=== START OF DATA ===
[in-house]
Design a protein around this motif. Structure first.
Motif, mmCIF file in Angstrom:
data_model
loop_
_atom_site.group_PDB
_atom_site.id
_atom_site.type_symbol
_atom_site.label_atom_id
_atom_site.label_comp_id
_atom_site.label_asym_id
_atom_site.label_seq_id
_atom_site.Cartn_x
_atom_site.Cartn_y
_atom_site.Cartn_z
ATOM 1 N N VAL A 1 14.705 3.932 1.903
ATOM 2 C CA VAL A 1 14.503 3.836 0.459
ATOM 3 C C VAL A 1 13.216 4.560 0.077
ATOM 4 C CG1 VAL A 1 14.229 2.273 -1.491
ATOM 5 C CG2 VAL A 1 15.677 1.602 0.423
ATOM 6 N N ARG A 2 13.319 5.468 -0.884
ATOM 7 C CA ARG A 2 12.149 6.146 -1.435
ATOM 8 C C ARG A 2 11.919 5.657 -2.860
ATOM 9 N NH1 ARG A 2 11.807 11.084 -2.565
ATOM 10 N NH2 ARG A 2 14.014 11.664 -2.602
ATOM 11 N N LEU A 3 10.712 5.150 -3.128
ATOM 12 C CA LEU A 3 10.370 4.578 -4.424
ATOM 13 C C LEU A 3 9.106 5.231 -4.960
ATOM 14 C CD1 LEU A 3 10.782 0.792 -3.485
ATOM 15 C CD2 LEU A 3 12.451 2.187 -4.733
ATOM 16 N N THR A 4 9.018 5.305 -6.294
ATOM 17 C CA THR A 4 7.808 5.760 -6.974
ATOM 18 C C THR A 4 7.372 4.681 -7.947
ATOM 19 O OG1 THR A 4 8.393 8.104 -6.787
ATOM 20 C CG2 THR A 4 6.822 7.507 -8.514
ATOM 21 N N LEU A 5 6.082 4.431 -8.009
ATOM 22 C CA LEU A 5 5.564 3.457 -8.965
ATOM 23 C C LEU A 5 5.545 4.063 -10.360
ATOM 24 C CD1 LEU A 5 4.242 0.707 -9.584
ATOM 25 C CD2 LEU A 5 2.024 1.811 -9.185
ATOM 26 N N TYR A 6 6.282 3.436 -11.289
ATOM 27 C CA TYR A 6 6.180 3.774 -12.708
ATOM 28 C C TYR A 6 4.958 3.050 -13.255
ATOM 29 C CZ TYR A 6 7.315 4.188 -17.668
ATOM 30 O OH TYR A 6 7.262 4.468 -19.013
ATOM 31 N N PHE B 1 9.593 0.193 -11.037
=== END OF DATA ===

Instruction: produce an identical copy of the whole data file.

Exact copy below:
[in-house]
Design a protein around this motif. Structure first.
Motif, mmCIF file in Angstrom:
data_model
loop_
_atom_site.group_PDB
_atom_site.id
_atom_site.type_symbol
_atom_site.label_atom_id
_atom_site.label_comp_id
_atom_site.label_asym_id
_atom_site.label_seq_id
_atom_site.Cartn_x
_atom_site.Cartn_y
_atom_site.Cartn_z
ATOM 1 N N VAL A 1 14.705 3.932 1.903
ATOM 2 C CA VAL A 1 14.503 3.836 0.459
ATOM 3 C C VAL A 1 13.216 4.560 0.077
ATOM 4 C CG1 VAL A 1 14.229 2.273 -1.491
ATOM 5 C CG2 VAL A 1 15.677 1.602 0.423
ATOM 6 N N ARG A 2 13.319 5.468 -0.884
ATOM 7 C CA ARG A 2 12.149 6.146 -1.435
ATOM 8 C C ARG A 2 11.919 5.657 -2.860
ATOM 9 N NH1 ARG A 2 11.807 11.084 -2.565
ATOM 10 N NH2 ARG A 2 14.014 11.664 -2.602
ATOM 11 N N LEU A 3 10.712 5.150 -3.128
ATOM 12 C CA LEU A 3 10.370 4.578 -4.424
ATOM 13 C C LEU A 3 9.106 5.231 -4.960
ATOM 14 C CD1 LEU A 3 10.782 0.792 -3.485
ATOM 15 C CD2 LEU A 3 12.451 2.187 -4.733
ATOM 16 N N THR A 4 9.018 5.305 -6.294
ATOM 17 C CA THR A 4 7.808 5.760 -6.974
ATOM 18 C C THR A 4 7.372 4.681 -7.947
ATOM 19 O OG1 THR A 4 8.393 8.104 -6.787
ATOM 20 C CG2 THR A 4 6.822 7.507 -8.514
ATOM 21 N N LEU A 5 6.082 4.431 -8.009
ATOM 22 C CA LEU A 5 5.564 3.457 -8.965
ATOM 23 C C LEU A 5 5.545 4.063 -10.360
ATOM 24 C CD1 LEU A 5 4.242 0.707 -9.584
ATOM 25 C CD2 LEU A 5 2.024 1.811 -9.185
ATOM 26 N N TYR A 6 6.282 3.436 -11.289
ATOM 27 C CA TYR A 6 6.180 3.774 -12.708
ATOM 28 C C TYR A 6 4.958 3.050 -13.255
ATOM 29 C CZ TYR A 6 7.315 4.188 -17.668
ATOM 30 O OH TYR A 6 7.262 4.468 -19.013
ATOM 31 N N PHE B 1 9.593 0.193 -11.037